Oneteam Inc. is a Japanese startup whose eponymous collaboration tool is making businesses more productive. We recently caught up with the company’s lead engineer, Atsushi Nagase, to talk about why he started using VAddy and how effective he has found it to be.
Our company was founded in February 2015 around the idea of “making work fun.” In addition to advising businesses on how to work more productively, we currently offer two collaboration tools for improving productivity: Oneteam and Profilebook.
Our eponymous Oneteam product has a diverse set of features and thus doesn’t encounter much direct competition in the true sense of the word, though there are SaaS chat services that compete on a subset of Oneteam’s features as well as services that compete on data sharing features.
We’d like to share open-source culture with non-engineers, so our products tend to be used more often by companies that have a healthy mix of business planners, salespeople, and other professionals than by startups that have a high percentage of engineers.
Profilebook is built around the idea of increasing visibility among coworkers and is thus generally used by relatively large organizations whose employees don’t often get a chance to see each other.
We worked closely with one of our customers before releasing Oneteam’s open beta, improving the product based on feedback we gathered during this time.
In addition to providing feedback on the user experience, our closed beta customer’s security team also conducted a security audit of the product. By incorporating the security report’s suggestions into Oneteam, we were able to ensure that we released a secure product. At the time, we had a smaller development team and couldn’t devote a lot of time to security audits, so it was very helpful to have a good answer for customers who asked us whether we were running security tests.
Having personally spoken with the VAddy team at my previous job, I had heard of VAddy before and was able to immediately start evaluating it for use at Oneteam when my product manager, Kyohei, asked me about it.
We had considered several other security tools when we decided to sign up for an account with VAddy. Though VAddy’s unique selling proposition was its native continuous integration support, another deciding factor was the fact that VAddy has been developed and run by a Japanese company whose employees we could get to know in person.
We determined that we could easily budget $100 per month for the service. We use a lot of SaaS services from non-Japanese companies, so we weren’t put off by having our credit card charges denominated in U.S. dollars.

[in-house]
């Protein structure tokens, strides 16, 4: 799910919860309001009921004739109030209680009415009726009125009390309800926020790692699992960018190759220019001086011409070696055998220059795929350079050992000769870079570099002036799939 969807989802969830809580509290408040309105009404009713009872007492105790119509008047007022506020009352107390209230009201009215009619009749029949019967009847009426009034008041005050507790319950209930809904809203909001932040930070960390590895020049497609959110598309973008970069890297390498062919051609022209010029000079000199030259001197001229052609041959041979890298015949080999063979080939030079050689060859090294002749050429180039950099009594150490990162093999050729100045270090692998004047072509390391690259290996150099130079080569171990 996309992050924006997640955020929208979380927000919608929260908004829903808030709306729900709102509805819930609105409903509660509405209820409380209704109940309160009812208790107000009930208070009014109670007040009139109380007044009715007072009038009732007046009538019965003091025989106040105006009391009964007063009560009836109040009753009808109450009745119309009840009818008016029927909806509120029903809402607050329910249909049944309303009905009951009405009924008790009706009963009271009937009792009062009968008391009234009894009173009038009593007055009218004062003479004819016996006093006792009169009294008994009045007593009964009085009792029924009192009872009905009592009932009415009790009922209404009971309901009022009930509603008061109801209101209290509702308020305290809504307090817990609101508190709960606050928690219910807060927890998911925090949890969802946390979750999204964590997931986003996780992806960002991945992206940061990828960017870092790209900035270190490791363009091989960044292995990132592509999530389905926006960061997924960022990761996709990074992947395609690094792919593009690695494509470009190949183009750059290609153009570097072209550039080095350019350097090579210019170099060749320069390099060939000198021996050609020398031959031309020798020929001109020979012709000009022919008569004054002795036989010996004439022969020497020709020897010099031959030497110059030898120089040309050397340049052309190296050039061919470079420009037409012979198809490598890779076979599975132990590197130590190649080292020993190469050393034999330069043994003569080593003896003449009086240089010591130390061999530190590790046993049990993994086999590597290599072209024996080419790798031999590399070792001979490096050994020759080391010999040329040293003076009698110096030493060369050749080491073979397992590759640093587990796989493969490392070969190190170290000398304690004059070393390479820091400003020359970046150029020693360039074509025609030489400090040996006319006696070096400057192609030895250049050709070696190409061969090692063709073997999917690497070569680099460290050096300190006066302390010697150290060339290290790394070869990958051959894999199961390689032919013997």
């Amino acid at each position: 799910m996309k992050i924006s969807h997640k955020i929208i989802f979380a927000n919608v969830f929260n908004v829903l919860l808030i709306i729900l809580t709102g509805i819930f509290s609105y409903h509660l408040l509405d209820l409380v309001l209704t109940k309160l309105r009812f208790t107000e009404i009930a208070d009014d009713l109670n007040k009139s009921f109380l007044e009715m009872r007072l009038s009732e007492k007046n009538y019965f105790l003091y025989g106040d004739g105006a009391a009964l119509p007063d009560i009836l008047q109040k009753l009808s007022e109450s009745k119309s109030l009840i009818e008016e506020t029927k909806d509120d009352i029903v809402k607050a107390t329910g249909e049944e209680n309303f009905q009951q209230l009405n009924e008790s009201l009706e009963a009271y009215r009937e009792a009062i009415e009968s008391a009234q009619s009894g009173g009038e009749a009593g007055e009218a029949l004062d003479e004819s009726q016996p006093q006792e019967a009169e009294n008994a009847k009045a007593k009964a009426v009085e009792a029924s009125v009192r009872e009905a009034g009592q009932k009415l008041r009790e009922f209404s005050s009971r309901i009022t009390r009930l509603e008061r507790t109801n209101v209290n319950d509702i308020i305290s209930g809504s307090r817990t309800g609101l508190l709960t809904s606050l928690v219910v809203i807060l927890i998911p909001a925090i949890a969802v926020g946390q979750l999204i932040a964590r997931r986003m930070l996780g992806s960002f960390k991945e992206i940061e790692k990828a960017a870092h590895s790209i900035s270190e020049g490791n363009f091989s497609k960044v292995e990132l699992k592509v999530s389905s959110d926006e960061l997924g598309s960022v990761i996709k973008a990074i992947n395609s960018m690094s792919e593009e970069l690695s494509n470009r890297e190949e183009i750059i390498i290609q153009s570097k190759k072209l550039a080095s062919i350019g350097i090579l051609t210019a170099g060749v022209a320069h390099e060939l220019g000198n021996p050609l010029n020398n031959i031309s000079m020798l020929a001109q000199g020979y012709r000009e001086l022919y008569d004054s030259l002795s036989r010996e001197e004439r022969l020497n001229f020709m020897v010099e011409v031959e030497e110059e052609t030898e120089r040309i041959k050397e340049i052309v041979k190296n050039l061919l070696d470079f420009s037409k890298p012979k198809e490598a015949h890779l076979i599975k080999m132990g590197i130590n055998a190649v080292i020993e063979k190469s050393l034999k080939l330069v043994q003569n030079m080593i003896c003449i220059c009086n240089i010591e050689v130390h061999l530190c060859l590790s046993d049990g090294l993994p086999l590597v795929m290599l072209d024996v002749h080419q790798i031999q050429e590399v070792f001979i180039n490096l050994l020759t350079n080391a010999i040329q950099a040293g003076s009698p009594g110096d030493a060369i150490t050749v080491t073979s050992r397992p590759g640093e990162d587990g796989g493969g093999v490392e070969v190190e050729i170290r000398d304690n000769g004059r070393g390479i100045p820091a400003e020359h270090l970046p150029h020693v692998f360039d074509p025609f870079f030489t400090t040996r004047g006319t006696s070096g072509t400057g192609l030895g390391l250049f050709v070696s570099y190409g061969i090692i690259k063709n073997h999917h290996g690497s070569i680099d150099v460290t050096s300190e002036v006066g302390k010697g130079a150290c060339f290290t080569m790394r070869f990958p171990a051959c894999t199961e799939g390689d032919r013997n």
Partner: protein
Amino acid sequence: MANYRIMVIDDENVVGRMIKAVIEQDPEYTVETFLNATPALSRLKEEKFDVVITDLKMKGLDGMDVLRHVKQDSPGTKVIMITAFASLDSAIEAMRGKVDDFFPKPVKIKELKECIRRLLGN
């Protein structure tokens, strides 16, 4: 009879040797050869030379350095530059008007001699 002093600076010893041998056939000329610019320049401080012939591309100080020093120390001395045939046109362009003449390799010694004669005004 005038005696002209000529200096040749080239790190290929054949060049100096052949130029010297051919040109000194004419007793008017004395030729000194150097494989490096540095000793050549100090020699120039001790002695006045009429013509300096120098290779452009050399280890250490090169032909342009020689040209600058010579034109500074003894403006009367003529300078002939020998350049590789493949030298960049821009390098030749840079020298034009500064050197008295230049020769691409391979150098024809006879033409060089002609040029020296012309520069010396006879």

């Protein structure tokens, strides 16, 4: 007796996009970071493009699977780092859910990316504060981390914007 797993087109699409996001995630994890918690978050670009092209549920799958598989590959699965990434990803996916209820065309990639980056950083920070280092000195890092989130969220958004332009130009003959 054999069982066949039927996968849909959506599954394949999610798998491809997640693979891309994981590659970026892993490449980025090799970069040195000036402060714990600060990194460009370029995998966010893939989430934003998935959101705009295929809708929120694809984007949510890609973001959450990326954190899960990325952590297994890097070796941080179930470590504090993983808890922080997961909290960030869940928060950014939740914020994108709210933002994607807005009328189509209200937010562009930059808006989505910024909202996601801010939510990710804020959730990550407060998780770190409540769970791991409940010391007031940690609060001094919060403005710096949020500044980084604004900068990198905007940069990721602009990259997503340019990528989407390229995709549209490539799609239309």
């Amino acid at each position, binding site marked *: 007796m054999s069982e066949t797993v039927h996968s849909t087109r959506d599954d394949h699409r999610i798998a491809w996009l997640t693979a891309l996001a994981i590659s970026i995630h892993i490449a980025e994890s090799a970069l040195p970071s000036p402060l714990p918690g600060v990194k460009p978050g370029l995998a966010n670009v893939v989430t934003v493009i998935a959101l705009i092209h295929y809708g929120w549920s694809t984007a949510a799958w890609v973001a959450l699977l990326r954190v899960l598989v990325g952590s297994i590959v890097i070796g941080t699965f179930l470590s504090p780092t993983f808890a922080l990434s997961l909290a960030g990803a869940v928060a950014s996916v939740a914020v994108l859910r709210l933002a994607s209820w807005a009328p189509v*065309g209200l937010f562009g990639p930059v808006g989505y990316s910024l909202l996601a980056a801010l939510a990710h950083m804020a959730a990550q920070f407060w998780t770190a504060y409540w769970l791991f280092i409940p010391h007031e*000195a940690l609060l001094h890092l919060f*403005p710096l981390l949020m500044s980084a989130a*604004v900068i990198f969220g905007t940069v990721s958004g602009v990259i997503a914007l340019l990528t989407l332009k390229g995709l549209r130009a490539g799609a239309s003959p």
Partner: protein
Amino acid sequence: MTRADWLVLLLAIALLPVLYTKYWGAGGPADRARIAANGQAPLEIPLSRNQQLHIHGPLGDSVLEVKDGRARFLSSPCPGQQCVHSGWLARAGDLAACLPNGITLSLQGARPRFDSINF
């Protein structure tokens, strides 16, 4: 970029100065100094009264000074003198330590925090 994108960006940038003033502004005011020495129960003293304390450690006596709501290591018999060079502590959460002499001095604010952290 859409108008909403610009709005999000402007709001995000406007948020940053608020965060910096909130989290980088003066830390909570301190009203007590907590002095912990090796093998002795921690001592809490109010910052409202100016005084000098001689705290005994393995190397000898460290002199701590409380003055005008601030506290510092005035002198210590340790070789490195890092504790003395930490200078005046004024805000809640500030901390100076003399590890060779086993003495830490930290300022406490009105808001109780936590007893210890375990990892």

We develop our products entirely in-house with a staff of 15 engineers across a handful of teams responsible for—among other things—our API, website, and mobile apps (for both Android and iOS). We use CircleCI for continuous integration along with a mix of programming languages (ProfileBook is written in Ruby and Oneteam is written in Scala).
I and one of my coworkers took charge of setting up VAddy, but neither of us have really touched it since we hooked it into our continuous integration process. It’s comforting to see that green icon on our VAddy dashboard whenever we run a scan and no vulnerabilities are found.
We scan our applications with VAddy at the same time as we deploy our code (about twice a week). After we run our standard test suite on an application’s staging branch, we run VAddy’s Ruby client separately to scan for vulnerabilities using Circle CI.
Incidentally, we are also writing end-to-end tests in Nightwatch.js, but to be honest we find it difficult to continue maintaining these tests while writing new code. I think that the adoption of end-to-end testing will be limited by the adoption of quality assurance (QA) culture, so it would be nice to see QA companies raise more public awareness of this issue.
It’s not uncommon for large companies to ask us to fill out a security check sheet before agreeing to sign up for our service(s). One of the questions on this sheet is inevitably “Do you conduct continuous security tests?” Using VAddy, we can now confidently check the box for this one.
It’s difficult for a company of our size to hire a full-time security engineer. However, by using a tool provided by a company like VAddy that specializes in security, we have been able to confidently release a product that has been vetted by an experienced third party rather than relying entirely on our own internal security reviews.
When running a scan as part of our CI build process, I’d like to be able to check the results in real-time through VAddy’s web API. At the moment, you can’t see any results until after the scan has completed, but it would be nice to know exactly what is being scanned and how much progress has been made at any time during the scan.
Planning, developing and selling communication tools
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